The campaign, ‘In confidence, with confidence’, encourages individuals working in financial services to report potential wrongdoing to the FCA, and reminds them of the confidentiality processes in place.
As part of the campaign, the FCA has published materials for firms to share with employees, as well as using its events to highlight the campaign.
It has also produced a digital toolkit for industry bodies, consumer groups and whistleblowing groups to encourage individuals to have confidence to step forward.
Whistleblowers that report to the FCA will have a dedicated case manager. They can meet with the FCA to discuss their concerns and can receive optional regular updates throughout the investigation. Every report the FCA receives is reviewed and the FCA will protect individual whistleblowers’ identities.
Mark Steward, Executive Director of Enforcement and Market Oversight at the FCA said: ‘We want all whistleblowers to feel welcomed by us and to feel safe because of us.
‘We listen to all whistleblowers and, if they shine a light on serious misconduct, we want to make sure we act responsibly. When whistleblowing works well it helps consumers, markets and firms and keeps everyone safe and that is our aim.’
Speaking to the FCA
The FCA has been investing in increased resourcing to support whistleblower interaction, including increasing the headcount on its whistleblowing team. This specialist team are trained to debrief and interact directly with whistleblowers, as well as liaising with various departments across the organisation.
As part of the FCA’s aim to provide a smoother internal process, it has introduced a mandatory e-learning module for all staff, to help identify potential whistleblowers and make sure any intelligence received by the FCA is dealt with correctly and that identities are protected.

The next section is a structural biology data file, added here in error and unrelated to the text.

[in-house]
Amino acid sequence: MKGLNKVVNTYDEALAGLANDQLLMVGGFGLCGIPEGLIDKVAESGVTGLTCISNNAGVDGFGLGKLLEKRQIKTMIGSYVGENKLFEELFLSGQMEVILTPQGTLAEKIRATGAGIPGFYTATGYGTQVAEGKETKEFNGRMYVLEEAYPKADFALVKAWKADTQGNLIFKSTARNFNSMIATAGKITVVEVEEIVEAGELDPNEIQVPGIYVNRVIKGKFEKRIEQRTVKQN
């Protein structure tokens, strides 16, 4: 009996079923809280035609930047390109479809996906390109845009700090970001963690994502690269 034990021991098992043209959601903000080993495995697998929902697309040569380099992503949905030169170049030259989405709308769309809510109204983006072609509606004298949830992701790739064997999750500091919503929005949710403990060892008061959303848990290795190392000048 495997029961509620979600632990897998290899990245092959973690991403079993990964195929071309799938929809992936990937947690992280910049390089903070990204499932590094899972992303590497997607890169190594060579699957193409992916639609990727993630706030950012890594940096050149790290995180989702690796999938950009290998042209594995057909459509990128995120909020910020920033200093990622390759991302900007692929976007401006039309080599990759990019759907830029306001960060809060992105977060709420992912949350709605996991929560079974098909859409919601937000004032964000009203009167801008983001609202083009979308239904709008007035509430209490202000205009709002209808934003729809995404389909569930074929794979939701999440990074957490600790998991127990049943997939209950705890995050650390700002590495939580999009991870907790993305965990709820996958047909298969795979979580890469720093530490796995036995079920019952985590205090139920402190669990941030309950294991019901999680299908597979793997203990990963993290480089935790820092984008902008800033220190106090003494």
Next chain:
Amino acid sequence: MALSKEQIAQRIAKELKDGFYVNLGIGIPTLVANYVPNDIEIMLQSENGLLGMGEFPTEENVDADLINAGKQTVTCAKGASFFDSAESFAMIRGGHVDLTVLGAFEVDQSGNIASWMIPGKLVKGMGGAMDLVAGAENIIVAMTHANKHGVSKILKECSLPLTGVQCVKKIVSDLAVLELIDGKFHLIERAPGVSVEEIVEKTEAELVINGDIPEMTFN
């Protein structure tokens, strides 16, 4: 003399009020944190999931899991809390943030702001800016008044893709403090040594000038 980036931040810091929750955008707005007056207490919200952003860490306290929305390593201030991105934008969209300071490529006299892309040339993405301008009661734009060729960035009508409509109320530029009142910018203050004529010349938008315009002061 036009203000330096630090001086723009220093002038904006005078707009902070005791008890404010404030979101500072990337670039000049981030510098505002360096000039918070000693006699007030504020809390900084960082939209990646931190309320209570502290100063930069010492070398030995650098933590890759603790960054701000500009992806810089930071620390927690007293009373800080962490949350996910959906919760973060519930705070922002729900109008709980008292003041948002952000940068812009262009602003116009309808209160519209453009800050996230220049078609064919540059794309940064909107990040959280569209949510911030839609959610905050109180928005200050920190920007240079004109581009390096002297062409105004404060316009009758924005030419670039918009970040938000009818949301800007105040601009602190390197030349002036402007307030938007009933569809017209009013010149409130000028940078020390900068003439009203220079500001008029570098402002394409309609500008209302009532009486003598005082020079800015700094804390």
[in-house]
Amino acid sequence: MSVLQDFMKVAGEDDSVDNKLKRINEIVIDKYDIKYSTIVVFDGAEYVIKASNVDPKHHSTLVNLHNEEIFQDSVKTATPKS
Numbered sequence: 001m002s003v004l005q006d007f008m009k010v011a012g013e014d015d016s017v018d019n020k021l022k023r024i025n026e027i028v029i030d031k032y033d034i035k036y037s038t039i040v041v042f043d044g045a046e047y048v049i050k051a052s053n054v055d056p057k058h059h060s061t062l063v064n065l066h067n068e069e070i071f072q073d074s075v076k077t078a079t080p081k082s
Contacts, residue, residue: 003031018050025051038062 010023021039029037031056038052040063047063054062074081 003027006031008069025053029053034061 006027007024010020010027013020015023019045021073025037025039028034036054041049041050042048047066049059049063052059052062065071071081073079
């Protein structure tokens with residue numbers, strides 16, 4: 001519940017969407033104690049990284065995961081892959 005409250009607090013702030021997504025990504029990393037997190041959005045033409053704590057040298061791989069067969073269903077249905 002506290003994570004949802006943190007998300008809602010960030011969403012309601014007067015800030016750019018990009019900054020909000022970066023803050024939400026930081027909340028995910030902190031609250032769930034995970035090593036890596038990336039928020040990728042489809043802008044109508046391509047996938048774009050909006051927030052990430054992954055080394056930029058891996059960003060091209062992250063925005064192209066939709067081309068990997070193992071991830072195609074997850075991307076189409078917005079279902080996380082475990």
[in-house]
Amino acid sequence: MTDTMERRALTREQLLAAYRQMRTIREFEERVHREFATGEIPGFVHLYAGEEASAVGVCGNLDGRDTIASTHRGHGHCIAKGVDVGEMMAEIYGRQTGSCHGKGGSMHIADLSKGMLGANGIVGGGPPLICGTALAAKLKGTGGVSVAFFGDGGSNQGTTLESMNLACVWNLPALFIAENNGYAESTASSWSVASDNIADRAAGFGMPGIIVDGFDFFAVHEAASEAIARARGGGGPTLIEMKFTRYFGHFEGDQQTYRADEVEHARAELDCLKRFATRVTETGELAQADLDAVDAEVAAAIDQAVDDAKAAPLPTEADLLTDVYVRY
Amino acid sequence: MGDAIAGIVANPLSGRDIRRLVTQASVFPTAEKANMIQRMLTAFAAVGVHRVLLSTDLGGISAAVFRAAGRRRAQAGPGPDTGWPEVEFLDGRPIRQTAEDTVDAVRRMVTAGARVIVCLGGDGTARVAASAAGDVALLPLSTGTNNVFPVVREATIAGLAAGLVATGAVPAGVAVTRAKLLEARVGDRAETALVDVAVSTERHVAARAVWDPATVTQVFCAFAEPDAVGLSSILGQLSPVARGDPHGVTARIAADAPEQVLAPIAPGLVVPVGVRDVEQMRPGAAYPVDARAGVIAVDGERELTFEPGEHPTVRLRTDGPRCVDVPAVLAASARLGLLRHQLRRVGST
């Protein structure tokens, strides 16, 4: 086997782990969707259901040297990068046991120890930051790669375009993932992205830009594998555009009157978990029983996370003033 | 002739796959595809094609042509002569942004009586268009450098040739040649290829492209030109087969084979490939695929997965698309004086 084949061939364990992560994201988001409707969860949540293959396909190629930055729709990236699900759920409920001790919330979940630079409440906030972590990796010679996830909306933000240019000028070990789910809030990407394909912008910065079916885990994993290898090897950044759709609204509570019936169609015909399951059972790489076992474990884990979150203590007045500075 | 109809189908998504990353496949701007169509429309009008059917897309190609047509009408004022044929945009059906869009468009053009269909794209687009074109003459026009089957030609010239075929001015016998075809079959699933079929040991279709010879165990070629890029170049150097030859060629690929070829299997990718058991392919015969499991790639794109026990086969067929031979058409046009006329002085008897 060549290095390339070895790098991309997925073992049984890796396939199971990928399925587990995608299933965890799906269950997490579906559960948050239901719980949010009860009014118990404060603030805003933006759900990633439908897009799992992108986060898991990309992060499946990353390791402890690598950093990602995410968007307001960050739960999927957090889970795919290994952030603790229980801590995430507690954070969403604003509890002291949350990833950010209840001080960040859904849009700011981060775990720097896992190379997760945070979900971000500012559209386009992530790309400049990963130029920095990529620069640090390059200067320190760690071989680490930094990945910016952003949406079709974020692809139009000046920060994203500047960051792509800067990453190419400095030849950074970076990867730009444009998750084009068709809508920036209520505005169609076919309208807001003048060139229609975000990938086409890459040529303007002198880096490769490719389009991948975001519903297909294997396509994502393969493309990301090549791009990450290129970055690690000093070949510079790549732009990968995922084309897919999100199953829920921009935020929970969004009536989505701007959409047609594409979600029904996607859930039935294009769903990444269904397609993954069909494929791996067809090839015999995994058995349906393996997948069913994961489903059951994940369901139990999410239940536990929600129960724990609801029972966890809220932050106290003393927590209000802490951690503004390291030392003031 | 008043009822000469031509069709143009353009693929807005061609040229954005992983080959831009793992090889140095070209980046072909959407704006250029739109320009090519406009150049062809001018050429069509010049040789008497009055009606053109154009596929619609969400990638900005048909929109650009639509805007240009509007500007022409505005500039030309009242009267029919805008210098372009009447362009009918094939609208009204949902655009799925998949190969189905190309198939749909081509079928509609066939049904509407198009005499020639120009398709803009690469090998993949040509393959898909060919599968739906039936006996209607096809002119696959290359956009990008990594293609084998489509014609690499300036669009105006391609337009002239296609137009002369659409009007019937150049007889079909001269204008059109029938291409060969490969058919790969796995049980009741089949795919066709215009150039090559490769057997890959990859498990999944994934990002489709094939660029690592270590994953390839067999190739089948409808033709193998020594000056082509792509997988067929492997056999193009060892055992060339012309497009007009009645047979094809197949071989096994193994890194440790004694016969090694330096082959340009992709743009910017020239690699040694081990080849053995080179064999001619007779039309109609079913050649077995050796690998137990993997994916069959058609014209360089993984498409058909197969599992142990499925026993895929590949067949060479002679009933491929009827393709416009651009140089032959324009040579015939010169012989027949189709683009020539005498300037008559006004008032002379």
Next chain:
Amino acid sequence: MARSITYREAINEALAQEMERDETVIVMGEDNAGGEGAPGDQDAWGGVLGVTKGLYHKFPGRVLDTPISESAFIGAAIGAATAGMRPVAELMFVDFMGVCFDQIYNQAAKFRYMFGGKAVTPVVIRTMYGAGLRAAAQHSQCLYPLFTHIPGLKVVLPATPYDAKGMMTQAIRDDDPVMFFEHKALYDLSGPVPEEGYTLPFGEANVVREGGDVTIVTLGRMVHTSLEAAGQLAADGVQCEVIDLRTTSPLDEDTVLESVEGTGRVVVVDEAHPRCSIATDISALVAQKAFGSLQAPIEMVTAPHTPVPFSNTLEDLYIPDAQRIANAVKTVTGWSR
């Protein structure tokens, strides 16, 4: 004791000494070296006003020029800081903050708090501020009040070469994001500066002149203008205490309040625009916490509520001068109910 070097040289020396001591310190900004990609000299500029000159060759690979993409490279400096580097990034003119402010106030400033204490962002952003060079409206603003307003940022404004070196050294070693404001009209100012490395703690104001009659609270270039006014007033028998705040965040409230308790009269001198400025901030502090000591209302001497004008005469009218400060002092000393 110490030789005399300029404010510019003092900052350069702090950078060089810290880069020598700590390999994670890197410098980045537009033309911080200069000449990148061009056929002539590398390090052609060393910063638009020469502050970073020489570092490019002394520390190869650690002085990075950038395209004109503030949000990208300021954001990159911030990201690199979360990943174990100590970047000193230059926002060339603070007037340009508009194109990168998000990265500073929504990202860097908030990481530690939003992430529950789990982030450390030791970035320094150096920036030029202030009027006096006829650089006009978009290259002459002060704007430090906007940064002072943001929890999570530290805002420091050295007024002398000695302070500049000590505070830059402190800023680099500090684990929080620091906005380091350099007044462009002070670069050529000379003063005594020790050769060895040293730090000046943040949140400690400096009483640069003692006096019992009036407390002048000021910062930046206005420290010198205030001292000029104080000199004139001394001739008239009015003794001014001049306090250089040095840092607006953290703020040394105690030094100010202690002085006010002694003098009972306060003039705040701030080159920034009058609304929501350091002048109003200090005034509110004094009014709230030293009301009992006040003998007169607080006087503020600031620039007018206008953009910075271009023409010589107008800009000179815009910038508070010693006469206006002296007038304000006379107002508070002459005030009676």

The FCA’s website has been updated to provide more comprehensive information for potential whistleblowers and the Whistleblowing team are developing a confidential web form, increasing the ways in which whistleblowers can make disclosures to them.
Individuals can choose to remain anonymous, and many people do. If they do share any information about themselves, then the FCA will keep this safe. This includes not confirming the existence of a whistleblower when making enquiries, unless legally obliged to do so.
FCA whistleblowing rules
The FCA would like to remind firms that culture and governance remain a key priority for the FCA. Its whistleblowing rules require firms to have effective arrangements in place for employees to raise concerns, and to guarantee these concerns are handled appropriately and confidentially.
The FCA introduced a requirement for firms to appoint a whistleblowers’ champion to make sure there is senior management oversight over the integrity, independence and effectiveness of the firm’s arrangements. These include those arrangements designed to protect whistleblowers from victimisation, as well as overseeing the preparation of an annual report to the firm’s governing body.